Swiss Foreign Minister Warns Turkey Against Illegal Spying

March 23, 2017 Updated: March 23, 2017

ZURICH—The Swiss foreign minister told his Turkish counterpart on Thursday that his country would “rigorously investigate” any illegal spying by Ankara on expatriate Turks before an April 16 referendum on expanding Turkish President Tayyip Erdogan’s powers.

At a meeting with Turkish minister Mevlut Cavusoglu, Switzerland’s Didier Burkhalter underscored Swiss concerns that Turkey may have been using its intelligence network to monitor the activities of Turkish citizens in Switzerland in the run-up to the vote, according to a Swiss foreign ministry statement.

“Freedom of expression is a universal value recognized by Switzerland, which hopes that this freedom will also hold true for Turkish citizens whether they cast their votes in Switzerland or in their own country,” said Burkhalter.

The statement said Switzerland would “rigorously investigate illegal intelligence activities”.

Efforts to reach the Turkish embassy late Thursday were unsuccessful.

For weeks, Burkhalter has been trying to keep his neutral country from becoming too deeply entangled in a bitter dispute between Ankara and other European nations over campaigning by Turkish politicians to drum up support for Erdogan among Turks living abroad.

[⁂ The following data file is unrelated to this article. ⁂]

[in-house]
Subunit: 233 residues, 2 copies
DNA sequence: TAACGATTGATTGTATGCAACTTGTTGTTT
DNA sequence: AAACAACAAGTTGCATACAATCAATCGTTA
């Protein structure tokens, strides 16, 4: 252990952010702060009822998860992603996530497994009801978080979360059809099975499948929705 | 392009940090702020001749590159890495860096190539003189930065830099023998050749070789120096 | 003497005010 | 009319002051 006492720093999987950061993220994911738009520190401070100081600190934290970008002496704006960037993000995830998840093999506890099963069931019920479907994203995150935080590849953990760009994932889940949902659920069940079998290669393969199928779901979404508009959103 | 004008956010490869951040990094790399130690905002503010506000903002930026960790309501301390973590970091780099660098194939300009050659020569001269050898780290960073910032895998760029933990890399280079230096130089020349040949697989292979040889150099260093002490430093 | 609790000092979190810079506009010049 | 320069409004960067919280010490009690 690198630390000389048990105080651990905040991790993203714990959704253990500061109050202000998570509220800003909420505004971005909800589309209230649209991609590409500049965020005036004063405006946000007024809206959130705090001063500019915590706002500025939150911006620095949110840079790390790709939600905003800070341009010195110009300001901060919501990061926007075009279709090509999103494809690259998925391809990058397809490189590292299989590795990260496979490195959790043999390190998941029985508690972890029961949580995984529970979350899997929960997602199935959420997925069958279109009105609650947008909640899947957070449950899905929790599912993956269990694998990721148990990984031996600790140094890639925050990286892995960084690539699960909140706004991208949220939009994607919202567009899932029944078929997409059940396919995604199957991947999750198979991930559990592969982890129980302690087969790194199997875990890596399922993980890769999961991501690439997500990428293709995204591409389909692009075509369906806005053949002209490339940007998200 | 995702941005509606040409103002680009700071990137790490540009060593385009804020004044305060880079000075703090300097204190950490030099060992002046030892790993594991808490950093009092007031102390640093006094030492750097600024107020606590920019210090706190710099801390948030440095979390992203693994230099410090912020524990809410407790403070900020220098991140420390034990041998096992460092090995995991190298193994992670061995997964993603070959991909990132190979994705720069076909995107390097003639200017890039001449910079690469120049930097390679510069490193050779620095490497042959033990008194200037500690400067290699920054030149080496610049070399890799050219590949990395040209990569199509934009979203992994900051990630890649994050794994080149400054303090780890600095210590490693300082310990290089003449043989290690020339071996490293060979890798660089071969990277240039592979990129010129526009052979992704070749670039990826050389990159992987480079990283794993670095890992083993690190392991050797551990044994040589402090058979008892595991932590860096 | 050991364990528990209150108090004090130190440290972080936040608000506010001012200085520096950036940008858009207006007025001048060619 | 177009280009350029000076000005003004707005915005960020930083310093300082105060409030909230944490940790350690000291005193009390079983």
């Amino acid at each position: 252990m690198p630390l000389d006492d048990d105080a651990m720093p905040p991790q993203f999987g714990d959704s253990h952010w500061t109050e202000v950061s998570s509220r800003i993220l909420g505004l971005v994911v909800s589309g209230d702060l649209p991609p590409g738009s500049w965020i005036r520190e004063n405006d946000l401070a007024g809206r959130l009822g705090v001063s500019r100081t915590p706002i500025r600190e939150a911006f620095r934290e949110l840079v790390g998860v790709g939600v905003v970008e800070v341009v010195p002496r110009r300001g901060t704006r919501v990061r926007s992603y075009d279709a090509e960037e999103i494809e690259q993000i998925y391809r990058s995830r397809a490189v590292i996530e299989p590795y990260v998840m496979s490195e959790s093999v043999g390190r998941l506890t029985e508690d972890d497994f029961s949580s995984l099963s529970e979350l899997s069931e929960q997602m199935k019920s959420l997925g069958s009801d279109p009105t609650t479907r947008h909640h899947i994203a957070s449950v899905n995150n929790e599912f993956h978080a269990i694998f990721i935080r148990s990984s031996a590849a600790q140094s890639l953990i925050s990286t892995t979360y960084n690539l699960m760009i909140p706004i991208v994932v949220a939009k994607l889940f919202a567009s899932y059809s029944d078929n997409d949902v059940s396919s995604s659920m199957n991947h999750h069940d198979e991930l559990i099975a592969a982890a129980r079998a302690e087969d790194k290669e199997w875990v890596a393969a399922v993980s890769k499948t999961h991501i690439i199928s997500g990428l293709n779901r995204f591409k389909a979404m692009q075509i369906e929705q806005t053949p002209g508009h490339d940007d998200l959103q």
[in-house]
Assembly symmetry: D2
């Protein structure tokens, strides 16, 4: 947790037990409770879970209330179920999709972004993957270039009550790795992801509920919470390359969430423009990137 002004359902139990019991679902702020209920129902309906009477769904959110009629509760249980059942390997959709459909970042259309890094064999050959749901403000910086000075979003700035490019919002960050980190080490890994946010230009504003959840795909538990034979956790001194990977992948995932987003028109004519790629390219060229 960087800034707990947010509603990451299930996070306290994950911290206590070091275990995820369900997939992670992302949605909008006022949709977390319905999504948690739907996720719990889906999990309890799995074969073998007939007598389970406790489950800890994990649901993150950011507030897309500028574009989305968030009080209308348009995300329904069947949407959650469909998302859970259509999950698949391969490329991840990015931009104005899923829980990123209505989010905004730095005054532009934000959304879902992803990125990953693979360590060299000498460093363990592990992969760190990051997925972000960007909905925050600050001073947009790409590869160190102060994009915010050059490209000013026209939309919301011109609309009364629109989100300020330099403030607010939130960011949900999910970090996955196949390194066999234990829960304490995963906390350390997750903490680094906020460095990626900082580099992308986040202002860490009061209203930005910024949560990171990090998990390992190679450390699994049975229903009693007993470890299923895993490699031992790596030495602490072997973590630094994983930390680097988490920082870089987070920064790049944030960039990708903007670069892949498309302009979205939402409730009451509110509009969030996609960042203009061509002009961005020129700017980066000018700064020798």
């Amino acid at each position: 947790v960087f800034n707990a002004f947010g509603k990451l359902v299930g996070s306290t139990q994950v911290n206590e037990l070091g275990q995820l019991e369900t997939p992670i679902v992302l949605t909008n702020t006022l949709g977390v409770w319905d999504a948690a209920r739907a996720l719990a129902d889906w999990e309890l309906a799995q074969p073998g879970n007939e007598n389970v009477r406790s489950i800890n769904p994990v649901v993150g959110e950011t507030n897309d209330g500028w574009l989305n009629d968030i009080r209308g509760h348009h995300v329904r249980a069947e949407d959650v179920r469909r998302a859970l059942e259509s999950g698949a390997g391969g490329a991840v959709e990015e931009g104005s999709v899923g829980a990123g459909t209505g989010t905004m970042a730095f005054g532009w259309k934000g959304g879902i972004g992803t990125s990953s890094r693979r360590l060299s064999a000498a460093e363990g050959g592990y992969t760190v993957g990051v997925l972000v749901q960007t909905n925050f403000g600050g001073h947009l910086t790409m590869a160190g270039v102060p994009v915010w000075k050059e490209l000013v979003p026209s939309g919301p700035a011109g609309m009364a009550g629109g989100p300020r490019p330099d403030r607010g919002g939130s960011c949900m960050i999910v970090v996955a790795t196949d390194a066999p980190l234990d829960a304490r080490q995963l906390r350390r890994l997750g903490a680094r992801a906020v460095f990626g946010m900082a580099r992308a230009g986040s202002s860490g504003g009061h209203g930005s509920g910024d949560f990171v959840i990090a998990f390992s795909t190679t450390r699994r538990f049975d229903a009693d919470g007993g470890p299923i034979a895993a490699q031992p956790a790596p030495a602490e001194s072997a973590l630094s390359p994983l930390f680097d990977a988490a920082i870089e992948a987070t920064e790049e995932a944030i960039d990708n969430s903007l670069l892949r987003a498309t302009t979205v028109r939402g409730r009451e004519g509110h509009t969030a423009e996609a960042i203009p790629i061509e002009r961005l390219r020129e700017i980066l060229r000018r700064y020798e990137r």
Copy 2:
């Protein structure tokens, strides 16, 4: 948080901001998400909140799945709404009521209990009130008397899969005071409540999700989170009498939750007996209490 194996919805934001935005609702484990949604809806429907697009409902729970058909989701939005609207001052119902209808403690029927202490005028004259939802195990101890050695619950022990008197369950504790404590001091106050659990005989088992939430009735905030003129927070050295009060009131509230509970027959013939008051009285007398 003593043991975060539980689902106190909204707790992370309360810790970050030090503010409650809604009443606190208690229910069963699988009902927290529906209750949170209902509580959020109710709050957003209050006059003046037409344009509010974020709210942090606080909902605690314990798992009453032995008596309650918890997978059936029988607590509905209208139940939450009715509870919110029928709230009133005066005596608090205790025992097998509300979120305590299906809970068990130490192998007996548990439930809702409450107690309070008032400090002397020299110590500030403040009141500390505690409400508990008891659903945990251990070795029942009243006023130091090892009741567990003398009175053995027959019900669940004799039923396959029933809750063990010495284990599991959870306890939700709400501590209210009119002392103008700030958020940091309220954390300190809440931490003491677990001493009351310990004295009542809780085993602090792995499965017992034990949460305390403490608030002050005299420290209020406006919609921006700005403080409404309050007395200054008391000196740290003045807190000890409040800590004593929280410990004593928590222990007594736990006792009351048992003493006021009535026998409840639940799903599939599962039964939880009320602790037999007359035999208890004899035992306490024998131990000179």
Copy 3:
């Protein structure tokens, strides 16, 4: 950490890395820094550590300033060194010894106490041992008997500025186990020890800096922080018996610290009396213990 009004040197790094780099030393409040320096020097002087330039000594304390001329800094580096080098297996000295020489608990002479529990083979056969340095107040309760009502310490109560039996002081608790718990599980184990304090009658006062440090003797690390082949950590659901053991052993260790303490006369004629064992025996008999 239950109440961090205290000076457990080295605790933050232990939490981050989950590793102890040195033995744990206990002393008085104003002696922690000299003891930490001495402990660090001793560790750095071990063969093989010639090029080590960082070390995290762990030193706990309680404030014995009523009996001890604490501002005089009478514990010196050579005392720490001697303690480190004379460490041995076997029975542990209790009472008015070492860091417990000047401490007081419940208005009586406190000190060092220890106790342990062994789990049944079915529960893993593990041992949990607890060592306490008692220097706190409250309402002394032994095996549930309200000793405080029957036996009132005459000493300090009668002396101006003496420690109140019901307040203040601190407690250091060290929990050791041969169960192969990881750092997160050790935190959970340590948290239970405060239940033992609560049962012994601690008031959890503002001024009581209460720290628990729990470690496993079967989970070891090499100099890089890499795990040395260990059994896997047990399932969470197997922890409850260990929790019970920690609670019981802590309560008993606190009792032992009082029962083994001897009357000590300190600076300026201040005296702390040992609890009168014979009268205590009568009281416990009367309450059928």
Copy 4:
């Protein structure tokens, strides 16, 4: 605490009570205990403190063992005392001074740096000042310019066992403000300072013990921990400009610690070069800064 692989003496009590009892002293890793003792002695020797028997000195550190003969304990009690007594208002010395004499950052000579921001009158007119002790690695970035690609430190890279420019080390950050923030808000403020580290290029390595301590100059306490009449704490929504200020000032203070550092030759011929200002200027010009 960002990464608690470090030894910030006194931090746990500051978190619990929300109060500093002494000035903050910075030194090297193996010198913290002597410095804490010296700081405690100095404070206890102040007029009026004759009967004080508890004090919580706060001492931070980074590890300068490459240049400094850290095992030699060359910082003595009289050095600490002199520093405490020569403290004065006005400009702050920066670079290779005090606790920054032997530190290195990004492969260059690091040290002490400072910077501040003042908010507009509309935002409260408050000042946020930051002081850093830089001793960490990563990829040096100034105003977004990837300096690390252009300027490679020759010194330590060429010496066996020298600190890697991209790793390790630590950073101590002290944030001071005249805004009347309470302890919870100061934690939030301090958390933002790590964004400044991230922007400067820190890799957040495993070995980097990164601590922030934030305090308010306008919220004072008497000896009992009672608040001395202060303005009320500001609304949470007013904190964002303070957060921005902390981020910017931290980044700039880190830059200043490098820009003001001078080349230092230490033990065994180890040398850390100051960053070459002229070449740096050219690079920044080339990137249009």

Turkey's Foreign Minister Mevlut Cavusoglu (R) and Switzerland's Federal Councillor Didier Burkhalter during Cavusoglu's visit to Switzerland in Bern, Switzerland on March 23, 2017. (REUTERS/Anthony Anex/Pool)
Turkey’s Foreign Minister Mevlut Cavusoglu (R) and Switzerland’s Federal Councillor Didier Burkhalter during Cavusoglu’s visit to Switzerland in Bern, Switzerland on March 23, 2017. (REUTERS/Anthony Anex/Pool)

Erdogan has accused Germany and the Netherlands of behaving like Nazis for halting some rallies by Turkish ministers, comments that both countries have called unacceptable.

While the Swiss government has been pressured by cities including Zurich to block visits by Turkish officials, Bern has refused on the grounds there was nothing to justify curbs on freedom of speech.

Cavusoglu had been scheduled to come to Switzerland for an event earlier this month, but that was canceled for lack of a venue.

During Thursday’s visit, Burkhalter also told Cavusoglu that he was aware of Turkey’s “difficult situation” following last summer’s attempted coup, the Swiss statement said.

Still, Burkhalter remained concerned about mass dismissals and arrests of people Ankara has linked to U.S.-based cleric Fethullah Gulen, whom Erdogan accuses of masterminding the failed July 15 power grab.

“The declaration of a state of emergency does not exempt Turkey from its international human rights obligations,” the statement said, adding Burkhalter “stressed the importance of freedom of expression and the freedom to speak out for democracy.”

Swiss government statistics show 68,000 Turkish citizens live in Switzerland. The Turkish embassy’s website refers to 130,000 Turkish citizens.